Exclusive Deutsche Bank Aims to Avoid Forced Redundancies in Restructuring, May Introduce Fees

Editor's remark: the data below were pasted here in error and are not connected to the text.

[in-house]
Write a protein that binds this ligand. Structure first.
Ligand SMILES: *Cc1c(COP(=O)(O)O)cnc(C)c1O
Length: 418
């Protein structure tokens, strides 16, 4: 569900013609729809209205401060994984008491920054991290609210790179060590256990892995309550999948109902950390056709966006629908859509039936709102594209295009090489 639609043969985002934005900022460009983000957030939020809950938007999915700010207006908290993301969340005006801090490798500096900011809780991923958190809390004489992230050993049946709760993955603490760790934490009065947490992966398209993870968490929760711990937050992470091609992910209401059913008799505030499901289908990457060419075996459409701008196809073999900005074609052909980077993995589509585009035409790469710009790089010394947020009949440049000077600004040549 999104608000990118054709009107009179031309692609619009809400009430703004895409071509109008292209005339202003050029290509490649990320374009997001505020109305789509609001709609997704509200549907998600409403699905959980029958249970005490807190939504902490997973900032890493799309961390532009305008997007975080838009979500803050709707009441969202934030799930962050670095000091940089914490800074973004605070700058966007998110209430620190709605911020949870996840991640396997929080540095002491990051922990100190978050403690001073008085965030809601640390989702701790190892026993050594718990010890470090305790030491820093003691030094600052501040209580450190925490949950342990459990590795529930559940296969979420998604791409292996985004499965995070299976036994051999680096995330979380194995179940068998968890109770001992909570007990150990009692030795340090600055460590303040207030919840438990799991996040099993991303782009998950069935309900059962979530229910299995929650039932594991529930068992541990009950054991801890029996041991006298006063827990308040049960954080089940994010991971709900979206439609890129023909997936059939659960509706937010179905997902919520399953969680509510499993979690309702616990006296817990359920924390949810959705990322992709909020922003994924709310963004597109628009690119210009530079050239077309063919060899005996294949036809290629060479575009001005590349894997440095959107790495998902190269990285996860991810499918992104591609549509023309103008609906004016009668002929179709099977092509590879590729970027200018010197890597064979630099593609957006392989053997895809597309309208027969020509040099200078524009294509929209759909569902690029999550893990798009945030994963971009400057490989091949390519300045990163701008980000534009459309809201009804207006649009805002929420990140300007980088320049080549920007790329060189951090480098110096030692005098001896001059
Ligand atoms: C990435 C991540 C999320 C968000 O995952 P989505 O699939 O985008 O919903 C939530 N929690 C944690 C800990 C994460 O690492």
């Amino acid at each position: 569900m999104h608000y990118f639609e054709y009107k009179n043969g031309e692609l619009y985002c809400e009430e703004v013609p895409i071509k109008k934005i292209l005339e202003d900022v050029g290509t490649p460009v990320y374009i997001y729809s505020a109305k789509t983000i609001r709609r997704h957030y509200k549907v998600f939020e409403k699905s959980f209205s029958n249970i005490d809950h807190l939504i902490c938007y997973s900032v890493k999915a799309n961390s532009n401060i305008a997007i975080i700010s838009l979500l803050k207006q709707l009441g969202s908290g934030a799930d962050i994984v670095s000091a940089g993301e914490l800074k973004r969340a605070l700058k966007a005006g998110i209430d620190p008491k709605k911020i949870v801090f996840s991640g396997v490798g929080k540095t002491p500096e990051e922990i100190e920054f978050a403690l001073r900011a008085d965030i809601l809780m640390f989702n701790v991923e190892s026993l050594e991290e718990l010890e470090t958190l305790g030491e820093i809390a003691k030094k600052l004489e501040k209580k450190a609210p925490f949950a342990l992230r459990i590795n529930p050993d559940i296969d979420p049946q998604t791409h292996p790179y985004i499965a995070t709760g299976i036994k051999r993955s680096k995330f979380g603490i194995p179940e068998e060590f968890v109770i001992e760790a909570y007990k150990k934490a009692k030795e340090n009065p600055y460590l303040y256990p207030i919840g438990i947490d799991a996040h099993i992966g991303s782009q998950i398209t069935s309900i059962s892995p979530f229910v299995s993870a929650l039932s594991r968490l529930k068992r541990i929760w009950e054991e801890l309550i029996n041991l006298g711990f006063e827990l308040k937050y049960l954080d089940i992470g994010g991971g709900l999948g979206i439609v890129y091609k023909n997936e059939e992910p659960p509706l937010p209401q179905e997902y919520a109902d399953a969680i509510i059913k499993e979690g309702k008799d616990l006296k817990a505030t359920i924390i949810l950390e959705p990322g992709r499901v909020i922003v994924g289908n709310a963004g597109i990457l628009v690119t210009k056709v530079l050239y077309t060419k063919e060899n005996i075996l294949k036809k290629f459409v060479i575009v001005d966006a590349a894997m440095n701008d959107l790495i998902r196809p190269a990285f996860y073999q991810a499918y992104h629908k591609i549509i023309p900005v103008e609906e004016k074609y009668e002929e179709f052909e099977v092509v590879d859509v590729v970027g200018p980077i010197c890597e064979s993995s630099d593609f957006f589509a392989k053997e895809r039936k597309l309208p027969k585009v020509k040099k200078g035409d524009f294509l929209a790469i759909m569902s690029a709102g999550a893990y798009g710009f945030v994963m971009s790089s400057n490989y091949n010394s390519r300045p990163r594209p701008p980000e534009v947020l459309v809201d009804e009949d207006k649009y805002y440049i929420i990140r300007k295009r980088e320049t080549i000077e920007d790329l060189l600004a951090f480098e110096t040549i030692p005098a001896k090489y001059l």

In carrying out its restructuring and cutting back 4,000 jobs, Deutsche Bank aims to reach fair settlements with its employees, board member Christian Sewing told Handelsblatt. Mr. Sewing, who is responsible for retail customers, said this is how Germany’s largest bank had carried out restructuring in the past. “I’m sure we’ll be able to manage it this way again,” he said. Frank Bsirske, who heads the trade union Verdi also recently told Handelsblatt that he was optimistic that the bank could avoid forced redundancies. Mr. Sewing also said that Deutsche Bank would scale back its property loans business. “Construction loans are an important product but we’re no longer aiming to achieve the high growth rates we had in the past.” The bank will give mortgages to customers with whom it is likely to do other kinds of business too, he said. “Otherwise it’s hard to justify, if it’s the only product a customer wants, given the low margins and strict capital regulations.” Mr. Sewing said he thought it was unlikely that banks would pass the negative interest rates set by the European Central Bank onto retail customers. “I can’t imagine the broad mass of retail customers would face these charges,” he said. Asked whether Deutsche is considering a deposit fee, Mr. Sewing said, “We’re taking a broader look at the right pricing system.” That’s why the bank feels justified that other banks are also no longer offering free bank accounts. “Mainly we want to reach a new balance in our business, more towards investment advice,” Mr. Sewing said. Mr. Sewing called the troubles that the Deutsche Bank share faced at the start of the year “exaggerated,” and said this turbulence hadn’t caused the bank’s customers to lose trust in the institution. “Our deposit volumes remain stable,” he said.   Read the full story in Tuesday’s Handelsblatt Global Edition at 12:00 Central European Time.